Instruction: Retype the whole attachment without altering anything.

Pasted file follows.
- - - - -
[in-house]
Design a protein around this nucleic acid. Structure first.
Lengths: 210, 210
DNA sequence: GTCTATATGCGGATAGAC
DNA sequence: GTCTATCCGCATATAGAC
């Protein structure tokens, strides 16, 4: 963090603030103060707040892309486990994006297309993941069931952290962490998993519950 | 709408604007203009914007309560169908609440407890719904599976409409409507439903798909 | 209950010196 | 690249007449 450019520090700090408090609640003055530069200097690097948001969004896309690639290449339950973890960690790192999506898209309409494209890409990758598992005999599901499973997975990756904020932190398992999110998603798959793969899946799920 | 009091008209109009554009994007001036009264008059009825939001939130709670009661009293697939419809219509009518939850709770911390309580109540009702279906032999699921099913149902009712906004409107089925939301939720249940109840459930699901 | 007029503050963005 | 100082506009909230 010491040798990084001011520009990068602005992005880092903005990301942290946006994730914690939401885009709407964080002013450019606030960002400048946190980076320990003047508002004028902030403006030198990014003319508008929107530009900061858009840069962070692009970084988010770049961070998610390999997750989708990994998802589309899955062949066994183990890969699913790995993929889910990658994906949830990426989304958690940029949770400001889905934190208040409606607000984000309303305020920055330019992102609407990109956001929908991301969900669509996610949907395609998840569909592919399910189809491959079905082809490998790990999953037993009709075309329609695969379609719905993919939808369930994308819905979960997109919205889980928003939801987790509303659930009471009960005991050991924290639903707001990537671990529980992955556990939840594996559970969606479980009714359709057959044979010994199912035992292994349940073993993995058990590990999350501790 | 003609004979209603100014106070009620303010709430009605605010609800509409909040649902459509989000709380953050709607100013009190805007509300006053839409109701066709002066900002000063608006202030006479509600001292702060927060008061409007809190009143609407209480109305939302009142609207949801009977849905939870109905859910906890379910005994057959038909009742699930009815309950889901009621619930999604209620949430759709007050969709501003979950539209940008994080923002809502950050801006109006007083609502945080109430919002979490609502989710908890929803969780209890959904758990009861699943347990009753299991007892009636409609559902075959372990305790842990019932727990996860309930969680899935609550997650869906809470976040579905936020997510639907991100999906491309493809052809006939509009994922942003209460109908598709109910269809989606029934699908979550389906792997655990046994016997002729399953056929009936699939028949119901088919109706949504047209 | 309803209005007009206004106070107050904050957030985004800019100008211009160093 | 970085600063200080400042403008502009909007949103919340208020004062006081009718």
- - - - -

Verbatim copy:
[in-house]
Design a protein around this nucleic acid. Structure first.
Lengths: 210, 210
DNA sequence: GTCTATATGCGGATAGAC
DNA sequence: GTCTATCCGCATATAGAC
């Protein structure tokens, strides 16, 4: 963090603030103060707040892309486990994006297309993941069931952290962490998993519950 | 709408604007203009914007309560169908609440407890719904599976409409409507439903798909 | 209950010196 | 690249007449 450019520090700090408090609640003055530069200097690097948001969004896309690639290449339950973890960690790192999506898209309409494209890409990758598992005999599901499973997975990756904020932190398992999110998603798959793969899946799920 | 009091008209109009554009994007001036009264008059009825939001939130709670009661009293697939419809219509009518939850709770911390309580109540009702279906032999699921099913149902009712906004409107089925939301939720249940109840459930699901 | 007029503050963005 | 100082506009909230 010491040798990084001011520009990068602005992005880092903005990301942290946006994730914690939401885009709407964080002013450019606030960002400048946190980076320990003047508002004028902030403006030198990014003319508008929107530009900061858009840069962070692009970084988010770049961070998610390999997750989708990994998802589309899955062949066994183990890969699913790995993929889910990658994906949830990426989304958690940029949770400001889905934190208040409606607000984000309303305020920055330019992102609407990109956001929908991301969900669509996610949907395609998840569909592919399910189809491959079905082809490998790990999953037993009709075309329609695969379609719905993919939808369930994308819905979960997109919205889980928003939801987790509303659930009471009960005991050991924290639903707001990537671990529980992955556990939840594996559970969606479980009714359709057959044979010994199912035992292994349940073993993995058990590990999350501790 | 003609004979209603100014106070009620303010709430009605605010609800509409909040649902459509989000709380953050709607100013009190805007509300006053839409109701066709002066900002000063608006202030006479509600001292702060927060008061409007809190009143609407209480109305939302009142609207949801009977849905939870109905859910906890379910005994057959038909009742699930009815309950889901009621619930999604209620949430759709007050969709501003979950539209940008994080923002809502950050801006109006007083609502945080109430919002979490609502989710908890929803969780209890959904758990009861699943347990009753299991007892009636409609559902075959372990305790842990019932727990996860309930969680899935609550997650869906809470976040579905936020997510639907991100999906491309493809052809006939509009994922942003209460109908598709109910269809989606029934699908979550389906792997655990046994016997002729399953056929009936699939028949119901088919109706949504047209 | 309803209005007009206004106070107050904050957030985004800019100008211009160093 | 970085600063200080400042403008502009909007949103919340208020004062006081009718």